First there was the movie and the Academy Award winning song ("Falling Slowly") and then there was the Tony Award winning musical.

To recap, two lonely musicians meet in Dublin and share their music and a bittersweet connection.

As I watched this musical  version, I couldn't help but wonder if the Broadway show was lost in translation from the movie or if this touring version was lost in translation from the Broadway show or a combination of both.

I recently saw a play on the West End in London and was struck by the incredible production values and talent I saw and it made me wonder if all of the touring versions I see of the Broadway shows are of the same caliber.  Since I don't have the funds to go see the shows on Broadway and then compare those with the touring companies, I will never know.
But I can say that "Once, a New Musical" was a disappointment compared to the excitement I felt watching the movie in 2006.  The singing and acting was fine, but giving this small film the "musical treatment" detracted from the intimacy and poignancy of the original film.  I just didn't feel anything at the end.
Can you take an 85 minute movie and add another hour to it and come out with something as lovely as the original?  I'm not sure.  The music was much the same, which means that the extra minutes included stage business, dancing and extra dialogue and characters.  I plan to watch the movie again to see what I think now that I have seen the play.  Maybe I won't like the movie as much now.  Who knows?
Rosy the Reviewer says...see it, but just don't expect it to be the film.


(Me on the Red Carpet - LOL)


That's it for this week.
See you Tuesday for

"Today is the First Day of the Rest of My Life"

and, if you can,  don't forget to

thank your Dad on Sunday (and every day)!


Thanks for reading!

If you enjoyed this post, feel free to click on the share buttons to share it on Facebook, Twitter, Pinterest and LinkedIn,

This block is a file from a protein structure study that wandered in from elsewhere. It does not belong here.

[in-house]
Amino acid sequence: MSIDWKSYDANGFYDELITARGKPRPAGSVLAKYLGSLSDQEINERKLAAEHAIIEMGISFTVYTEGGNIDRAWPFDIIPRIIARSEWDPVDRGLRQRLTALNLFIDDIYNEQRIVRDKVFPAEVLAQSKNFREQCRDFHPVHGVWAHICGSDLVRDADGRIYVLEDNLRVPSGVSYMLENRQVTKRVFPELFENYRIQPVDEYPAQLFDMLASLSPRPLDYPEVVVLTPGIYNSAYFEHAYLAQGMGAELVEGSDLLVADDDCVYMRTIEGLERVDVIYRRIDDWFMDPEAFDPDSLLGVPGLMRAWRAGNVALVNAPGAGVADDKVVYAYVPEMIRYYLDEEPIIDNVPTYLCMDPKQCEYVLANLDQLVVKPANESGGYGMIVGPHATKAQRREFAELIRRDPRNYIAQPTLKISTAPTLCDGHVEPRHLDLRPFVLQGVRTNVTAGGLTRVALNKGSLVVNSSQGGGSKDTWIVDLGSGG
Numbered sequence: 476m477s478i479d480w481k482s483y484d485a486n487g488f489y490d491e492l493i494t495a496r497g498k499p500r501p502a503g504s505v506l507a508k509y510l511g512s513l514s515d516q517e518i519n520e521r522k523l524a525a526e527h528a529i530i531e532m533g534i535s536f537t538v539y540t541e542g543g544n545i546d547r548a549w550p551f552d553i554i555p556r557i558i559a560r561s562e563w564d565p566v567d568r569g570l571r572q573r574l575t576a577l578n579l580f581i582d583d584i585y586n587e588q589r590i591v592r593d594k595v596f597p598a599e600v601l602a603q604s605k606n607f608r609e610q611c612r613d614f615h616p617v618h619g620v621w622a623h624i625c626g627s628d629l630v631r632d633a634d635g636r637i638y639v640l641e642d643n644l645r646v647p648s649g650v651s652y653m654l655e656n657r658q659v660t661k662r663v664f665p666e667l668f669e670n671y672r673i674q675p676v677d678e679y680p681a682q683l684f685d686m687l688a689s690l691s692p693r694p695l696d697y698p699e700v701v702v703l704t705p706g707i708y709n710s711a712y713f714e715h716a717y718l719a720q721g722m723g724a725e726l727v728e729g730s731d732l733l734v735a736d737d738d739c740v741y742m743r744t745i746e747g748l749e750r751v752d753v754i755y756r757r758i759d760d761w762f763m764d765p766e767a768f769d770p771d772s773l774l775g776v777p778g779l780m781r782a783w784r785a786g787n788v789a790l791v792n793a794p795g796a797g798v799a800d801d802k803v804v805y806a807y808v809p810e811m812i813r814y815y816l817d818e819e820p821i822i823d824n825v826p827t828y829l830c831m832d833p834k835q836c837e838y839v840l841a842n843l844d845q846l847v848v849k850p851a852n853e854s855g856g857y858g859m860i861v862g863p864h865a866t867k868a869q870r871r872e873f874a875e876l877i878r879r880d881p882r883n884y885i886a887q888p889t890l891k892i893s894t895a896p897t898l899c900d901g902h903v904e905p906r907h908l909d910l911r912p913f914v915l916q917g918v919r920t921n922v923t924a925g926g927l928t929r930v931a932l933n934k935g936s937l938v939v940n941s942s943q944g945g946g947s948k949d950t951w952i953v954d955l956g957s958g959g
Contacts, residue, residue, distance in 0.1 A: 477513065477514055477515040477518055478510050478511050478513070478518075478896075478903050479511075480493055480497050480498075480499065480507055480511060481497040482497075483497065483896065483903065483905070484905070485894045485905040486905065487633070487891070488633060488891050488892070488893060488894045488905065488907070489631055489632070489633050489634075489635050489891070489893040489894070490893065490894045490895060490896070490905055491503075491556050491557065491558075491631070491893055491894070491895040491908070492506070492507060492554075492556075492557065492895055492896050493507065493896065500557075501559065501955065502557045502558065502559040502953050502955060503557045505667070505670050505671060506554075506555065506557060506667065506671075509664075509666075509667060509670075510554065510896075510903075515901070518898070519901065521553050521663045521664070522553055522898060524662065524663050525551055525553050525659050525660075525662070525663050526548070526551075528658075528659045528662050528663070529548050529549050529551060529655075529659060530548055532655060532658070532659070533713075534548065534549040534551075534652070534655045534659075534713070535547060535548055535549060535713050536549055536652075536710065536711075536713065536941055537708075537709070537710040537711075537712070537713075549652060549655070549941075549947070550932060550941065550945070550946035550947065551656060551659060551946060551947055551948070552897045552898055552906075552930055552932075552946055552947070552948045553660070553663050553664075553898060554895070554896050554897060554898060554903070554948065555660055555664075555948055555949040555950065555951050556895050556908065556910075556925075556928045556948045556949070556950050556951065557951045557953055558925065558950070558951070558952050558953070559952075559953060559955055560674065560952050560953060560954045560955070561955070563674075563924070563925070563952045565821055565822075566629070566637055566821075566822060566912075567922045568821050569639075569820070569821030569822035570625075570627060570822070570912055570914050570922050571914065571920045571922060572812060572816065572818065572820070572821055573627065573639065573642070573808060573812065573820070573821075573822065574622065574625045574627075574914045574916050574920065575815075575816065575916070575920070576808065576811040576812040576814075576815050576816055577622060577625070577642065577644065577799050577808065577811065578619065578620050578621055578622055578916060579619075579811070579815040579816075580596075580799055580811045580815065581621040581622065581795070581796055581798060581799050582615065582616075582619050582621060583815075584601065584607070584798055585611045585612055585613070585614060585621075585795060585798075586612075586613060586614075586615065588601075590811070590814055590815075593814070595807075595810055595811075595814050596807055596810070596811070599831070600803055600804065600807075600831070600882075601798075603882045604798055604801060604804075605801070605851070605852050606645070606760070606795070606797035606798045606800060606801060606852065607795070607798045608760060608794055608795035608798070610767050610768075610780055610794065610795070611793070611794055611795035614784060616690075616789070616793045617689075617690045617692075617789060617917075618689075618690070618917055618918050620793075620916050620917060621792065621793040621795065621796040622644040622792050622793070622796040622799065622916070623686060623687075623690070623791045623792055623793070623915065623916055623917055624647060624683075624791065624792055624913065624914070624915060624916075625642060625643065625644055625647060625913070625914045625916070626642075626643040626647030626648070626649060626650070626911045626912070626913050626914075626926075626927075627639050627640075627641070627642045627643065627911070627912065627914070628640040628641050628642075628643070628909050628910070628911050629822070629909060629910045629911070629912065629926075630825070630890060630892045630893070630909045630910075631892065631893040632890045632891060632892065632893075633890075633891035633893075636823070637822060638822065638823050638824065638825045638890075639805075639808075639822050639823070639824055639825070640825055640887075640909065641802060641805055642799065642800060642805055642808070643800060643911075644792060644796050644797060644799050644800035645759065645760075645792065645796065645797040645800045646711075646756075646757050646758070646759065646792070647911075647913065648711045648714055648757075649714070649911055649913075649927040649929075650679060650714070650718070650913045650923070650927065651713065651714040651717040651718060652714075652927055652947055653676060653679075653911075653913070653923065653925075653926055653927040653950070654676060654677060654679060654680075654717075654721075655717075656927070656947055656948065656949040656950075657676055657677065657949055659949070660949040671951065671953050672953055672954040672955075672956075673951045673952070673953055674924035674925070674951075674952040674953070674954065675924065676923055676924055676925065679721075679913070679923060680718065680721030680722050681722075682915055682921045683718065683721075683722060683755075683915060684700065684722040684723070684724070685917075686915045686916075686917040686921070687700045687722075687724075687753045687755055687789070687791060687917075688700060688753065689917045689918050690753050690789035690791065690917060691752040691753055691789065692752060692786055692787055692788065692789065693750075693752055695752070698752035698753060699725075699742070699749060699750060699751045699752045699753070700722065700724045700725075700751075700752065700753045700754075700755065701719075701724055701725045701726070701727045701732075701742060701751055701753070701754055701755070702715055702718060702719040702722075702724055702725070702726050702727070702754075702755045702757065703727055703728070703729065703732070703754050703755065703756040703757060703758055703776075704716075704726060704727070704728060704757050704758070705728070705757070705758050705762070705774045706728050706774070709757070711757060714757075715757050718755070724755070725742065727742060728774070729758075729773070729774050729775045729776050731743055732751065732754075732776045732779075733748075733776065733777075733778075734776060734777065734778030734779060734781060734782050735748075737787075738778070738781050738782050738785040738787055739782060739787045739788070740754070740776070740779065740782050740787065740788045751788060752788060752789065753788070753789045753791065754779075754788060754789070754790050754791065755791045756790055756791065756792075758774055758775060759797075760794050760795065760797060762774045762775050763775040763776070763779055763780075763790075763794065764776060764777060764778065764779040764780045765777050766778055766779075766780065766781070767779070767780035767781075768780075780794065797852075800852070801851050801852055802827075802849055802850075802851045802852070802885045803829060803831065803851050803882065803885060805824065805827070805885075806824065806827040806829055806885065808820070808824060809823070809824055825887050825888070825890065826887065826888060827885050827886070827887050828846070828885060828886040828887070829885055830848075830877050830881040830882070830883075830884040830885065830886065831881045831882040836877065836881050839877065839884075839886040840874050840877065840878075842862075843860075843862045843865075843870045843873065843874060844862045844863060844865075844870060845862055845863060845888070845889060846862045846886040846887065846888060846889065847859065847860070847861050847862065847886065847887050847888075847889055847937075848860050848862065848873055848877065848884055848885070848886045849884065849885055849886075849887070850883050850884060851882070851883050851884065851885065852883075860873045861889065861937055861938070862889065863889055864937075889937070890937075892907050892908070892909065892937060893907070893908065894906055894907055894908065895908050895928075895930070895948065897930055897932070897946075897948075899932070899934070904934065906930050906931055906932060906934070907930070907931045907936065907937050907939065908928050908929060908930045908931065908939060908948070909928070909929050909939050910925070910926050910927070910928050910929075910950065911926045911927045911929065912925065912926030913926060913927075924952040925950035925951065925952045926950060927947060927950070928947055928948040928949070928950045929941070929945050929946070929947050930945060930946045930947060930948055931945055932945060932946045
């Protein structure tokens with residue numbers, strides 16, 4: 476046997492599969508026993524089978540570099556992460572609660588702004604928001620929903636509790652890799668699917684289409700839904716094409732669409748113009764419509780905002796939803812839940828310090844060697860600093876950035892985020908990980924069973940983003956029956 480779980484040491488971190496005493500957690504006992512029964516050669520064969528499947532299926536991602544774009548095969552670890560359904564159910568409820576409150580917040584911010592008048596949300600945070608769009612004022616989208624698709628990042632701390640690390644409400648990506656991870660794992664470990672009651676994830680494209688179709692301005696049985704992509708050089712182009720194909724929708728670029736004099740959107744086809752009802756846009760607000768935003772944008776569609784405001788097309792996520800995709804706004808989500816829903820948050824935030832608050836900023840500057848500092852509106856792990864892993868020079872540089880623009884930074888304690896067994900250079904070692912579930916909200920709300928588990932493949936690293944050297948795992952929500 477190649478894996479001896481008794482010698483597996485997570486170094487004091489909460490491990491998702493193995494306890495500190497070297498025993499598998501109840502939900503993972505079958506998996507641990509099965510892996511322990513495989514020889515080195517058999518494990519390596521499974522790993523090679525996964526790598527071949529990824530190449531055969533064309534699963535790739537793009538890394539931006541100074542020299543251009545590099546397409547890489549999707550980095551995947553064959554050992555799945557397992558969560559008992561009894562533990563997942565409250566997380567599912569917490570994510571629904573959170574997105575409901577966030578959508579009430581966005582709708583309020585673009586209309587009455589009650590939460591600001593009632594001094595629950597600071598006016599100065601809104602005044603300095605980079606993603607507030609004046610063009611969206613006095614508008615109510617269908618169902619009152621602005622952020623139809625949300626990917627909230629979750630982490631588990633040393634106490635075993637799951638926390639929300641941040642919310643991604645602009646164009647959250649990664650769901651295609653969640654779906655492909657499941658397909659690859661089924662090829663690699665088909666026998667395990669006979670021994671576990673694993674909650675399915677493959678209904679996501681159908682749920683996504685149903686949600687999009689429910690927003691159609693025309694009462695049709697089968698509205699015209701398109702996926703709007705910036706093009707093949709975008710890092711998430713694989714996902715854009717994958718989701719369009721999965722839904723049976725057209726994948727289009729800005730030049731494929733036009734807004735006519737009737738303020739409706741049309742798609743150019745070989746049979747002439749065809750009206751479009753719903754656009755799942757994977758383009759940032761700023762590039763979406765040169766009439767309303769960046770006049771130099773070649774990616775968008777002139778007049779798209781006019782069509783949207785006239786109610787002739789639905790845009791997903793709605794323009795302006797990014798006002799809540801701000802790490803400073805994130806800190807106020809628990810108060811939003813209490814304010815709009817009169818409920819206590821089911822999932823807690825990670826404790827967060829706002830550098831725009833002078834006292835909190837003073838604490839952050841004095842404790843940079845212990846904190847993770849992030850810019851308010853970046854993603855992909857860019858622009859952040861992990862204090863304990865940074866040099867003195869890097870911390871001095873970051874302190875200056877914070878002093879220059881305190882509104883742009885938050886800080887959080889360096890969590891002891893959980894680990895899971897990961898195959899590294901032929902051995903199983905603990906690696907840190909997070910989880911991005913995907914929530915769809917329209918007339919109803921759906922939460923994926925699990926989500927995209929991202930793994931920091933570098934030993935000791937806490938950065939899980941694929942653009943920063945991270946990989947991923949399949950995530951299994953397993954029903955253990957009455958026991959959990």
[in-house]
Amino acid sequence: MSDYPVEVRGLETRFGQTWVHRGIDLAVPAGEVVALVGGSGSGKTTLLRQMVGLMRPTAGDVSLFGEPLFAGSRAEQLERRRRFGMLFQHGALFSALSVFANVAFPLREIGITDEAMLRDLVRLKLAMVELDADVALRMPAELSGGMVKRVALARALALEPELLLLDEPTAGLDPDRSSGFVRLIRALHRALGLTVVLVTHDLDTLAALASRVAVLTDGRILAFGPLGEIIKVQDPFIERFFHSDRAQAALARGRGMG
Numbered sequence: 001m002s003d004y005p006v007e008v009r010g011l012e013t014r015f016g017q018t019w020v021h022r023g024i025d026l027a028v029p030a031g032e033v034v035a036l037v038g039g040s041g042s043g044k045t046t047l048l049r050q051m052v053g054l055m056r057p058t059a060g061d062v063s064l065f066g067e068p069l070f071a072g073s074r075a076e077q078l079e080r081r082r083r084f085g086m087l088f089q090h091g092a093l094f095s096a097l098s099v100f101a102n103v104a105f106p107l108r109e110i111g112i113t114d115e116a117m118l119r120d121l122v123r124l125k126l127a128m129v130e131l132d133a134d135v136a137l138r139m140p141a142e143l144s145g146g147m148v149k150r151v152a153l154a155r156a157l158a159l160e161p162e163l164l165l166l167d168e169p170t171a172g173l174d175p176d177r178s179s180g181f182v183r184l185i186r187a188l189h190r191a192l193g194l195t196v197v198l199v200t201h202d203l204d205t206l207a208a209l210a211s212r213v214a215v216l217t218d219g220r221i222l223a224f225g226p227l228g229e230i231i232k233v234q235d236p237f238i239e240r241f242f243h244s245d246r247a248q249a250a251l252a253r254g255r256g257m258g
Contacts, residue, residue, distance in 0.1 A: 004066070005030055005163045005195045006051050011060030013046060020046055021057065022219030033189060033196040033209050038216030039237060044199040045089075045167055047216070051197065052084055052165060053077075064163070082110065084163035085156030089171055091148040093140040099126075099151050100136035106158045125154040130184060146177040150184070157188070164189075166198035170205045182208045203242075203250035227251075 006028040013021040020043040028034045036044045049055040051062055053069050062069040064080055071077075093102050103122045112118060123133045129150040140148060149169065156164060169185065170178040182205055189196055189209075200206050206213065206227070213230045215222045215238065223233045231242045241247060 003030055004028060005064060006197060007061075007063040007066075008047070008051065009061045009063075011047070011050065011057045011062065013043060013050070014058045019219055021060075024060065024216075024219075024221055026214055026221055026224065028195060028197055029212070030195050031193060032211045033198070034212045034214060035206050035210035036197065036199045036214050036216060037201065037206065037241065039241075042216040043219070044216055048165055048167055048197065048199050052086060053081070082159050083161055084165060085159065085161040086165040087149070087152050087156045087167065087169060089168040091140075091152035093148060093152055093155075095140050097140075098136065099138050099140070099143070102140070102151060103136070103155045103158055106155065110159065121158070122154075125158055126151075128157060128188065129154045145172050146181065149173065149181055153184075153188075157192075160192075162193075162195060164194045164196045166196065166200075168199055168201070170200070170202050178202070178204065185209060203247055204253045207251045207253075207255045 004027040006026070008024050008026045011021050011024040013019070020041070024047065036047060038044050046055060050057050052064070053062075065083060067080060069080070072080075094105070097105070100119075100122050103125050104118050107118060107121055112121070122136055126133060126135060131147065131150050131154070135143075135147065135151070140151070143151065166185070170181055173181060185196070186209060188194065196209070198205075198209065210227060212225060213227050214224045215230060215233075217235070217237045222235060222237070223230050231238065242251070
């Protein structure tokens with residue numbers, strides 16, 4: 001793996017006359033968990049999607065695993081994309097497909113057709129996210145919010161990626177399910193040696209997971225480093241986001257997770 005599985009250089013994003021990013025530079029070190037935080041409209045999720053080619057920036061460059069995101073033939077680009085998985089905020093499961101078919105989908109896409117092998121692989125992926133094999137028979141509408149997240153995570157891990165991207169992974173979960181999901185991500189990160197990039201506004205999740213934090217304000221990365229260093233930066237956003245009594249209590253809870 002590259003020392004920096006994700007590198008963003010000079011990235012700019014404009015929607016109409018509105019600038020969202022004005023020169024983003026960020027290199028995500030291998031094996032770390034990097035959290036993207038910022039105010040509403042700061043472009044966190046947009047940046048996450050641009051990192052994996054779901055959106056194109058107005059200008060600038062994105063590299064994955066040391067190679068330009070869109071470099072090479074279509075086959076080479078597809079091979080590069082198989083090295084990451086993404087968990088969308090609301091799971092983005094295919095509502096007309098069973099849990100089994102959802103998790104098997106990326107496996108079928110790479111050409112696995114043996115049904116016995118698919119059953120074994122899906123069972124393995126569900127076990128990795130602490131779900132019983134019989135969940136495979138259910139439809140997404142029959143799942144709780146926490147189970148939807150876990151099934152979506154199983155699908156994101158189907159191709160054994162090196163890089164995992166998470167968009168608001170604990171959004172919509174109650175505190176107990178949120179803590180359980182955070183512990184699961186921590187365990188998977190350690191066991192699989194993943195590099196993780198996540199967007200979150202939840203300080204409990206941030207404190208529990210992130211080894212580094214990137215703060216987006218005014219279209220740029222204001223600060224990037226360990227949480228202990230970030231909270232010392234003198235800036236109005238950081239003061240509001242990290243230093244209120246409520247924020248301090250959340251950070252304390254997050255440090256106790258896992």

email it to your friends and
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Check your local library for DVDs and book mentioned.

Note:  Next time you are wondering whether or not to watch a particular film, check out my reviews on IMDB (The International Movie Database).
If I reviewed a movie, you can now find my reviews there too.
Find the page for the movie, click on "Explore More" on the right side panel and then scroll down to "External Reviews."  Click on that and you will find me alphabetically under "Rosy the Reviewer."


Friday, May 23, 2014

Movies That Made Me Go...What the...? And The Week in Reviews

[I review the movie "Moms' Night Out," DVDs "A Case of You," and "Bettie Page Reveals All" plus Diane Keaton's new book and a lovely little Vancouver, B.C restaurant.]

But first

Have you ever watched a movie and when it was over, thought What the...? 
(I could be more explicit with that, but there might be children in the room)

Here are some movies I have questions about:


Scarlett wanted Ashley Wilkes over Rhett Butler?  You're kidding, right?

         Him?                                                                   Or him?

You be the judge.

If it's never ending, how come it ends?

Alien (1979)

"In space no one can hear you scream." 

Is that really true?  Do you mean, if I was in space and Hubby was standing right next to me when a bloodthirsty alien was coming toward us, he couldn't hear my bloodcurdling scream?


In general, ???????  I don't have a clue what this was about.


How can Bruce Willis not know he is dead?  No one talks to him except the kid who sees dead people.

Citiizen Kane (1941)


How did they know Kane's last words were Rosebud?  It looked to me like he was alone when he uttered his last words.

What movie plot twists didn't make sense to you?

***In Theatres Now***
Allyson (Sarah Drew), a harried young mother who can't handle the stresses of motherhood and  her own perfectionism, arranges a night out with her girlfriends to "unplug" and unwind.
Rosy, repeat after me.  "I will never again go to a movie I know nothing about, especially starring Patricia Heaton." 
"I will never again go to a movie I know nothing about, especially starring Patricia Heaton."
Here I have been nagging you all to read reviews (mine, I hope), and I didn't follow my own advice.

But, in my own defense, I live in the 'burbs and film choices are limited.